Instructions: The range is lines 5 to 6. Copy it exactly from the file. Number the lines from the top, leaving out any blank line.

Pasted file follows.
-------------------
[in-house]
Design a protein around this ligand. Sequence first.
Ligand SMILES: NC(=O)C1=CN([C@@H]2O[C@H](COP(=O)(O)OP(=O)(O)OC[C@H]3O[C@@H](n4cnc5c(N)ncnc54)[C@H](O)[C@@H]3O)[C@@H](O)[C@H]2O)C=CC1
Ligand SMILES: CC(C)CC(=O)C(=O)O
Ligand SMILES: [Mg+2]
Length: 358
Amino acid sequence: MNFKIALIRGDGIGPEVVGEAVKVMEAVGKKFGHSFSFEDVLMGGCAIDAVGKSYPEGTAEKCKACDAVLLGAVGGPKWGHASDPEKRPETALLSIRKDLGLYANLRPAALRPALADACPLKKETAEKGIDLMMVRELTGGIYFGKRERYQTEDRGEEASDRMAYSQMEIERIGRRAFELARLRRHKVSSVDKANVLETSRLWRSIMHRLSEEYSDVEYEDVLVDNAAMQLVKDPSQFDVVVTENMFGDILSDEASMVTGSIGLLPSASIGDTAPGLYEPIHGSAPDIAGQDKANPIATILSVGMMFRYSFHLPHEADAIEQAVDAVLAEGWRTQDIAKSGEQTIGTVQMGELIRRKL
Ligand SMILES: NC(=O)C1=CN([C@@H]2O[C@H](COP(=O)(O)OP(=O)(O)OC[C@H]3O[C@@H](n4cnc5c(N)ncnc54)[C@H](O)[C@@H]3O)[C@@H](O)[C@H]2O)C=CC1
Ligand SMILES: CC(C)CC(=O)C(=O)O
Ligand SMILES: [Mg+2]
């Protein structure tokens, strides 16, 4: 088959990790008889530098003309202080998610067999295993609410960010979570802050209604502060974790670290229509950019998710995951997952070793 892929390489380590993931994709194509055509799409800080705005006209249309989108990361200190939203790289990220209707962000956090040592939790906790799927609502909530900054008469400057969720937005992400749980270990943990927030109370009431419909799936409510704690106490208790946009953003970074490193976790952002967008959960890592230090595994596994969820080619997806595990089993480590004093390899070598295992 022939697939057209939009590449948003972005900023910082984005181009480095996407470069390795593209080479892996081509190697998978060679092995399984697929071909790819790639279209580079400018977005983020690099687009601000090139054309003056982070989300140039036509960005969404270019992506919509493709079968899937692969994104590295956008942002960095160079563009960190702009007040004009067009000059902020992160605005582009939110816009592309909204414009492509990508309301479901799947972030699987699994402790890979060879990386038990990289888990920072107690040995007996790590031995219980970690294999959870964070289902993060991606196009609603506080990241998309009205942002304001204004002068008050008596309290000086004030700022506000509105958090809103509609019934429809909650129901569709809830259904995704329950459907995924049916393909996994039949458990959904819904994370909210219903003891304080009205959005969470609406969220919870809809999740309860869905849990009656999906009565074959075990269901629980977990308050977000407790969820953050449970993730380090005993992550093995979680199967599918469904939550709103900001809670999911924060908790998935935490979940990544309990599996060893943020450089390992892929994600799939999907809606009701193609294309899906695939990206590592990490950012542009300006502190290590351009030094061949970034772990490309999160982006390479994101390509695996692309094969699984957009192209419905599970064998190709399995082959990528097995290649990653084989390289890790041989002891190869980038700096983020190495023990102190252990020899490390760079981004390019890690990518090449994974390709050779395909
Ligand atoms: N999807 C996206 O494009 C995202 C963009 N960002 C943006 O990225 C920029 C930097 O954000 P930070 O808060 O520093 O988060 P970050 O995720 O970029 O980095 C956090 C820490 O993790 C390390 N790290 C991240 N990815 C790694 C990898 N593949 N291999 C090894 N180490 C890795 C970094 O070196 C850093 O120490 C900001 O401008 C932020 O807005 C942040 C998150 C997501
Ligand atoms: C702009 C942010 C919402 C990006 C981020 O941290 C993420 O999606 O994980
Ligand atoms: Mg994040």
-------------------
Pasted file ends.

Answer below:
Ligand SMILES: [Mg+2]
Length: 358